Friday, February 4, 2011

Live the Gospel?

My friend Mark posted a short post on the phrase "Live the Gospel".  He offered a critique of those who would dislike the use of this phrase.

I want to defend those people who say “live the gospel” and use it in an orthodox, God-honoring way. When many say “live the gospel” they effectively mean, as Al Martin said in the sermon “A life that embodies the transforming power of the gospel”.  They don’t mean “Live [because your life is] the gospel” (which would be wrong), they just mean “Live [in light of] the gospel” or “Live [out] the gospel” or “Live [by] the gospel” or “Live [a life marked by] the gospel”. Would that we would all seek our lives to be characterized by that!

If that's what they mean, then that's what they should say.  The Gospel is the message and declaration of the forgiveness of sins because of the death and resurrection of Jesus of Nazareth.  Instead of using language that might obfuscate the issue, we should insist on language that is clear.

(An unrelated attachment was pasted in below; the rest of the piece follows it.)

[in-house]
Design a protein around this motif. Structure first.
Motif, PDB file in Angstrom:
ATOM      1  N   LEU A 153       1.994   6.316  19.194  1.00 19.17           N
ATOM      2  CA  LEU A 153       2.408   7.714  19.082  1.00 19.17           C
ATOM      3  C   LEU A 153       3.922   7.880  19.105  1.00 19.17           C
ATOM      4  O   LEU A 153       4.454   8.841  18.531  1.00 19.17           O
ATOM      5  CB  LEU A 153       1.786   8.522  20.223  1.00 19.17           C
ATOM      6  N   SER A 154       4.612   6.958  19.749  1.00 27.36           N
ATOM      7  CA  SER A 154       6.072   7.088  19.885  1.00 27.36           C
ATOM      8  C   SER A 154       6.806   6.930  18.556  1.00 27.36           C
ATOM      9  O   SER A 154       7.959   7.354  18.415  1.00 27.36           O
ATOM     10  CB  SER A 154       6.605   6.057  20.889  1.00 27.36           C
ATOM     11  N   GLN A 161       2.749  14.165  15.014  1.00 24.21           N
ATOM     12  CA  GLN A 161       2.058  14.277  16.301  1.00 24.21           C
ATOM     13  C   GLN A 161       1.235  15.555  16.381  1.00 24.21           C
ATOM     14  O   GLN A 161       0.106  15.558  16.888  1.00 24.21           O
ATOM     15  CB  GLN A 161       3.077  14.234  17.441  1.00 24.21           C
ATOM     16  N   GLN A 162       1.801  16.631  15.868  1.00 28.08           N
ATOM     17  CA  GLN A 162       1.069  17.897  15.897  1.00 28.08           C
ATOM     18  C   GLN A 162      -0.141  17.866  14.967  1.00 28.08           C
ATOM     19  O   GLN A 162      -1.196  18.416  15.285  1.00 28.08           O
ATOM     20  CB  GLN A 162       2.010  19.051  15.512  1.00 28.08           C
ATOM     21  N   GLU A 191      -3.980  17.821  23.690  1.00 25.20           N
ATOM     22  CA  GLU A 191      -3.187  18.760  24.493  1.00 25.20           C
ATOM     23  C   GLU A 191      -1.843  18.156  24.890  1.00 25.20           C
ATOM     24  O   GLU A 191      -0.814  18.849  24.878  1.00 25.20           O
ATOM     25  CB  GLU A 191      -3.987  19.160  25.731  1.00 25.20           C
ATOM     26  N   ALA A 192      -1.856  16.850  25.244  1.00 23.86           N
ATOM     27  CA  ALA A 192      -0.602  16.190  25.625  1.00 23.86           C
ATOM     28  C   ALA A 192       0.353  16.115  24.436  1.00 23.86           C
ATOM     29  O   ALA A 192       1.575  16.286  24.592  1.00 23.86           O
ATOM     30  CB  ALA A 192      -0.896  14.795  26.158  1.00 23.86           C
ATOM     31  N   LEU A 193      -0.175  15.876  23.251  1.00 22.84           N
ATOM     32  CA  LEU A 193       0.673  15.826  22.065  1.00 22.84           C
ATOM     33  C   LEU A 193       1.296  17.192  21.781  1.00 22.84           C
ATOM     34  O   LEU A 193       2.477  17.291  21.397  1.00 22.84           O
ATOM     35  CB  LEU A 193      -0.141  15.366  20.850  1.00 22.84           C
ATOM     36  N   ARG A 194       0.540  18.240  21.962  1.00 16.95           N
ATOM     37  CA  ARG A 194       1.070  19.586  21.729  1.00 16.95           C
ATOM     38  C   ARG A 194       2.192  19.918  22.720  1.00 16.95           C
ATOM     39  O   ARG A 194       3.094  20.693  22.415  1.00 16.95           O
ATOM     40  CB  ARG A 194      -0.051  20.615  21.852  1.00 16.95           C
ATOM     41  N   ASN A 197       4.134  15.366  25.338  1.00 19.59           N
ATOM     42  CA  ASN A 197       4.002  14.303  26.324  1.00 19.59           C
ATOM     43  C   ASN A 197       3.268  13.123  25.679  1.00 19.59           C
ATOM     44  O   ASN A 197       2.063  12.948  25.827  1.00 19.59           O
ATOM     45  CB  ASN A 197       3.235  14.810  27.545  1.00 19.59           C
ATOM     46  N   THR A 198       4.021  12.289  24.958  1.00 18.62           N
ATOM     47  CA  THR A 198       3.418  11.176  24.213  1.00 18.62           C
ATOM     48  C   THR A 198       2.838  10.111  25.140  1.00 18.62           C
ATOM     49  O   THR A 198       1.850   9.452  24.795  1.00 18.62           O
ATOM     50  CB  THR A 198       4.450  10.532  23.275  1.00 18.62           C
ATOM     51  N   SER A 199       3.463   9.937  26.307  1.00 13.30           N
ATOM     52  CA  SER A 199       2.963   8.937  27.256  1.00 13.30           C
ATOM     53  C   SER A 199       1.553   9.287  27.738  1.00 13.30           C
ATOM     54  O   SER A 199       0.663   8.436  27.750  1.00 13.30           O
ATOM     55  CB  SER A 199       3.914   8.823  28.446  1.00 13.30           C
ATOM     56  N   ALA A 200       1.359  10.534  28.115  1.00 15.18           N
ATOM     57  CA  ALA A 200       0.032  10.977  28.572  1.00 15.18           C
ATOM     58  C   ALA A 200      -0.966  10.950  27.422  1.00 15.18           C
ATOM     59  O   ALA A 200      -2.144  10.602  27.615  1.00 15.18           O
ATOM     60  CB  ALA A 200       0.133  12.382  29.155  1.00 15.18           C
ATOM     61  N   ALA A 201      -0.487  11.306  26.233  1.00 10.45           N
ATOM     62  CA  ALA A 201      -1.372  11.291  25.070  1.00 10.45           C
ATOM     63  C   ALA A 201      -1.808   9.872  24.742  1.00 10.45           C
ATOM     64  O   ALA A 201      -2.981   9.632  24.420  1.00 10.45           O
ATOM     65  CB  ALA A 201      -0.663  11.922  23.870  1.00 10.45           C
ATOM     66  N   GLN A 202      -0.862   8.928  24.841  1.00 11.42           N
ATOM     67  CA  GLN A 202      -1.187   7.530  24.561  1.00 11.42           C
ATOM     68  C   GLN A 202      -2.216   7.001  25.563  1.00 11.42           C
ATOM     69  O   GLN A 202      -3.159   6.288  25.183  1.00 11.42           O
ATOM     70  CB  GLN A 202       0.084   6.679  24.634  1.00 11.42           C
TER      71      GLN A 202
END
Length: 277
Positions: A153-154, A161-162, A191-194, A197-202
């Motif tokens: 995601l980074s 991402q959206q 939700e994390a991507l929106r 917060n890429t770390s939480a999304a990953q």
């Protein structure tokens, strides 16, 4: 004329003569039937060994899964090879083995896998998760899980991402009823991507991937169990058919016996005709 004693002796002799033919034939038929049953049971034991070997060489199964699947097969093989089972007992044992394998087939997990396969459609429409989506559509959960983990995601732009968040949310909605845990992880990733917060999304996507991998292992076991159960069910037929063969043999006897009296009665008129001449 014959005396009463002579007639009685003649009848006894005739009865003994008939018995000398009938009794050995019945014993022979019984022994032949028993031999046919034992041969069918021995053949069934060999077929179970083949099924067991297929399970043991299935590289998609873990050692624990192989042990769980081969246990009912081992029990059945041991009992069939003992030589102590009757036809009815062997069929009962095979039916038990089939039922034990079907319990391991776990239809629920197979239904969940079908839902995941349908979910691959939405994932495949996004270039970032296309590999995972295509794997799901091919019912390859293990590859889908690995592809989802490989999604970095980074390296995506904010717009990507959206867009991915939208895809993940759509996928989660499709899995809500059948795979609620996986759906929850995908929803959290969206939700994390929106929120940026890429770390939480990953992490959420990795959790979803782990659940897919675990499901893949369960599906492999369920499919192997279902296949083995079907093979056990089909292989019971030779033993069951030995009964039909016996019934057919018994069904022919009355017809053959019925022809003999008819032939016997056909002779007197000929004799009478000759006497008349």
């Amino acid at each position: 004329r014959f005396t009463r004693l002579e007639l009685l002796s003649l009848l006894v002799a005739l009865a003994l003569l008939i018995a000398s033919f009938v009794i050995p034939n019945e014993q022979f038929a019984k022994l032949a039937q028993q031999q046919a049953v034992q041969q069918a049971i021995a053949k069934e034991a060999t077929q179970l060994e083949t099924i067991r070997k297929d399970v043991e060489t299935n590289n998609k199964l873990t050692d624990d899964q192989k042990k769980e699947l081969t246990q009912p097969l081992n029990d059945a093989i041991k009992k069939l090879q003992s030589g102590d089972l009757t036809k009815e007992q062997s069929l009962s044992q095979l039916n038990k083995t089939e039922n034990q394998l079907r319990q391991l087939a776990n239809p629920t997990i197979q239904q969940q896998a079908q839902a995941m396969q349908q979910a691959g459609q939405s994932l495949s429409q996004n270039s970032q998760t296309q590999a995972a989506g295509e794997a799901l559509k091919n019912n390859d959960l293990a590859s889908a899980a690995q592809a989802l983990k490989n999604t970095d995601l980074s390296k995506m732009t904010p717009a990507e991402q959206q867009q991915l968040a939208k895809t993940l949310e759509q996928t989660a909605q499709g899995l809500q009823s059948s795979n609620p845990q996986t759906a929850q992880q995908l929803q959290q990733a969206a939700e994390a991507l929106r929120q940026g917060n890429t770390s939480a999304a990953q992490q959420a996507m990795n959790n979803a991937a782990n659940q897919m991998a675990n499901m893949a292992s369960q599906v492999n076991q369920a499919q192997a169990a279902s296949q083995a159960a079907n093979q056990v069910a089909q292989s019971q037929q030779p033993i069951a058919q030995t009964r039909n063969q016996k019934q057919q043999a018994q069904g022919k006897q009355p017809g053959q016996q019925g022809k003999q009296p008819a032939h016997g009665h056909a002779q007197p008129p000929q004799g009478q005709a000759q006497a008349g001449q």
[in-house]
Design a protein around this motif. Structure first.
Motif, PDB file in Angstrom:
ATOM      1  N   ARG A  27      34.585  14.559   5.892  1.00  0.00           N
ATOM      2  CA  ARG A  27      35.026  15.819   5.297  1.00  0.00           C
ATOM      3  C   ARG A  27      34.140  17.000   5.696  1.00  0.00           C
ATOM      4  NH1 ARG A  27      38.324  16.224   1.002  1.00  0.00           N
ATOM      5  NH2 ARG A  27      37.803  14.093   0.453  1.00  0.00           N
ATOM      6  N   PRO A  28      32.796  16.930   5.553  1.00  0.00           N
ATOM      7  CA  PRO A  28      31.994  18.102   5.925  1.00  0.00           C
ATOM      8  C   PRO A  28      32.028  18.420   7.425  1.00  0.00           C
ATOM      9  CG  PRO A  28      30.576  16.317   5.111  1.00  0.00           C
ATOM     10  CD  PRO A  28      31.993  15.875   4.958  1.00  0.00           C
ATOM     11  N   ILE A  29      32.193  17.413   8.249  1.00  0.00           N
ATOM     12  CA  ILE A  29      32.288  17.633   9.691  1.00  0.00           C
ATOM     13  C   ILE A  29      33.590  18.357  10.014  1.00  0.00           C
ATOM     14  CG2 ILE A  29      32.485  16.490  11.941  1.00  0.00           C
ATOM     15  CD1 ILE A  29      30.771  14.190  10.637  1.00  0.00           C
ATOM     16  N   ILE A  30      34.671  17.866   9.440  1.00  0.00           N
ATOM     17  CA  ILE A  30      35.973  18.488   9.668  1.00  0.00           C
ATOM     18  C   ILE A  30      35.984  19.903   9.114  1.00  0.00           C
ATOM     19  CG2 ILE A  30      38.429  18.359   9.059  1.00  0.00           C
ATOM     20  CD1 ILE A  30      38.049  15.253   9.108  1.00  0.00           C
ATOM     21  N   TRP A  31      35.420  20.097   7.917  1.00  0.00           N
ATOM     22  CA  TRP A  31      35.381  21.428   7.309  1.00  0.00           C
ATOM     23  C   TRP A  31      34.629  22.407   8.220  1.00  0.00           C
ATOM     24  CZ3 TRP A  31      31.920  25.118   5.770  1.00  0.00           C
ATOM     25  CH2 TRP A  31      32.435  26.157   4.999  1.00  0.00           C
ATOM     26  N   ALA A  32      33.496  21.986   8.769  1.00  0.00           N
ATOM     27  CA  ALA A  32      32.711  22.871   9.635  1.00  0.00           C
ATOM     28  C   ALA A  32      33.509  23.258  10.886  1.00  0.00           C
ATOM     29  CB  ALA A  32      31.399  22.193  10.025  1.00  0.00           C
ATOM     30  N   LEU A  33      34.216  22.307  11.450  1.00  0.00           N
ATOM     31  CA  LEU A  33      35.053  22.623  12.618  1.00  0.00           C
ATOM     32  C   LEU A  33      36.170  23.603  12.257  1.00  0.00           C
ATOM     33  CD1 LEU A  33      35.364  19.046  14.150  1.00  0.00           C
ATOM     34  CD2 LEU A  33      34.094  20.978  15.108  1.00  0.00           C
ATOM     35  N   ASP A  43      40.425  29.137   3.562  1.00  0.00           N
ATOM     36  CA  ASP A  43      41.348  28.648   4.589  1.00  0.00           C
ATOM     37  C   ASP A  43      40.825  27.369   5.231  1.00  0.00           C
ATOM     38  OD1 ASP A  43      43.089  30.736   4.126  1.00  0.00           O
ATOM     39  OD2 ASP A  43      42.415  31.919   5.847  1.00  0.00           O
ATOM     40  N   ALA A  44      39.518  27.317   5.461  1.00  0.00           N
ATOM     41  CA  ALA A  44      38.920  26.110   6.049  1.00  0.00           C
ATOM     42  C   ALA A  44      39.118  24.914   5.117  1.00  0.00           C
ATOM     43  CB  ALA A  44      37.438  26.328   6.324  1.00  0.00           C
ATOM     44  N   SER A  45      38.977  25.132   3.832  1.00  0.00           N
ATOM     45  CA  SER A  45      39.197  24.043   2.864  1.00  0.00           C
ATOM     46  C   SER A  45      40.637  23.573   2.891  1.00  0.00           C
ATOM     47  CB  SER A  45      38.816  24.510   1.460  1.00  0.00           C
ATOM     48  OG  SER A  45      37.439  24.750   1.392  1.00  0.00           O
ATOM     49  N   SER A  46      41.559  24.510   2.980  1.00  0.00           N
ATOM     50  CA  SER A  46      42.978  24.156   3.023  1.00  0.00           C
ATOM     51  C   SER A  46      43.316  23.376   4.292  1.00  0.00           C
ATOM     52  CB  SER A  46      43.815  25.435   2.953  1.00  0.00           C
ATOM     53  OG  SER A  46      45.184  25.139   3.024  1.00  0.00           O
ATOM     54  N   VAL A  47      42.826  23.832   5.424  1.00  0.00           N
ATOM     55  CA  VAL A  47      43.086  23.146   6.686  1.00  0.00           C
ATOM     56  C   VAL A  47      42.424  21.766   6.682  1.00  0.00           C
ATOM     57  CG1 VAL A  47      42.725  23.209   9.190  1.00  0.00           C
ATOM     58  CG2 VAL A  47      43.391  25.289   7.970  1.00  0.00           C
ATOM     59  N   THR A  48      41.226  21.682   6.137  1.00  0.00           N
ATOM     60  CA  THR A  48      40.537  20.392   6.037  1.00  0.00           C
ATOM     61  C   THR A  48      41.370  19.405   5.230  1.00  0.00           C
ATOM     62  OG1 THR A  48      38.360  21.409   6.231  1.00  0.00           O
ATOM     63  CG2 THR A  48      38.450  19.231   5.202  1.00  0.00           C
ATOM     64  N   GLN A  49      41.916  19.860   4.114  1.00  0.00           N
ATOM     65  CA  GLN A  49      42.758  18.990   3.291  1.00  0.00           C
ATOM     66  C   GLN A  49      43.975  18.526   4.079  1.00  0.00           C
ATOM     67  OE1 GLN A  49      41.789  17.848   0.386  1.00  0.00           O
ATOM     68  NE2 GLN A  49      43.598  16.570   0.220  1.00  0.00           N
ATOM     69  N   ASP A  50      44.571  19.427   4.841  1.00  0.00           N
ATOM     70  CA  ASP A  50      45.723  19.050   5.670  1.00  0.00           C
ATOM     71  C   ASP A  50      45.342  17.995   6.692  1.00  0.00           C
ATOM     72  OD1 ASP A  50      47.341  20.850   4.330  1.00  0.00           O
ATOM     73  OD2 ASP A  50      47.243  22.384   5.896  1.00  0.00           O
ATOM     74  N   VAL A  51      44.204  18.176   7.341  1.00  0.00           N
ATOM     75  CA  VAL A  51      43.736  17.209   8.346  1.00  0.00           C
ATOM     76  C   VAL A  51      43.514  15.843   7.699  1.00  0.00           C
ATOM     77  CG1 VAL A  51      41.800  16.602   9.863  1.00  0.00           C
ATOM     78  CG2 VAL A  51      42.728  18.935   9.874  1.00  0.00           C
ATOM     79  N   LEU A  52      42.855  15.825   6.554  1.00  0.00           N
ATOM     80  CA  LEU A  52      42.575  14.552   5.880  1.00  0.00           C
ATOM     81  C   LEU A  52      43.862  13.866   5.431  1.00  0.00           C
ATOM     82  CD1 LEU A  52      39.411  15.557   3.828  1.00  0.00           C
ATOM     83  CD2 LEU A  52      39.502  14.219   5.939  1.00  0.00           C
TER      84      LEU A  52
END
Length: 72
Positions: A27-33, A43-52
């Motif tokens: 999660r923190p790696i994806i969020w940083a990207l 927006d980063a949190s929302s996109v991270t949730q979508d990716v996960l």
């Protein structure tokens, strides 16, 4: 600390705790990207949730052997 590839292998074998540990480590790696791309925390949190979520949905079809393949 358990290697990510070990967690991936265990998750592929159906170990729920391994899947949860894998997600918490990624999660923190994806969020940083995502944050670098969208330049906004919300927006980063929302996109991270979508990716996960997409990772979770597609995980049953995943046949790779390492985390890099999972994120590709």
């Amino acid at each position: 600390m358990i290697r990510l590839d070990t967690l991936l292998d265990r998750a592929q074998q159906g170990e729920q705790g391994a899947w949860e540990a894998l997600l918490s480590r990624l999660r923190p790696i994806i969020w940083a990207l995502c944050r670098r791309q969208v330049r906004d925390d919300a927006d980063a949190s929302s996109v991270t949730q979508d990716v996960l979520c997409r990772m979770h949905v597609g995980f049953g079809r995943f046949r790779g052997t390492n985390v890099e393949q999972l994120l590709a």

Many times what people mean by "Live the Gospel" is what St. Francis of Assisi said, "Preach the Gospel always, and use words when necessary."  However this is the reverse of what it should be.  "Preach the Gospel always, and use actions when necessary" is really how it should be.  

In his excellent book Gospel-Centered Hermeneutics, Graeme Goldsworthy makes the following assertion (p. 59):

It cannot be stressed too much that to confuse the gospel with certain important things that go hand in hand with it is to invite theological, hermeneutical and spiritual confusion. Such ingredients of preaching and teaching that we might want to link with the gospel would include the need for the gospel (sin and judgment), the means of receiving the benefits of the gospel (faith and repentance), the results or fruit of the gospel (regeneration, conversion, sanctification, glorification) and the results of rejectingit (wrath, judgment, hell). These, however we define and proclaim them, are not in themselves the gospel. If something is not what God did in and through the historical Jesus tow thousand years ago, it is not the gospel. Thus Christians cannot 'live the gospel' as they are often exhorted to do. They can only believe it, proclaim it and seek to live consistently with it. Only Jesus lived (and died) the gospel. It is a once-for-all finished and perfect event done for us by another.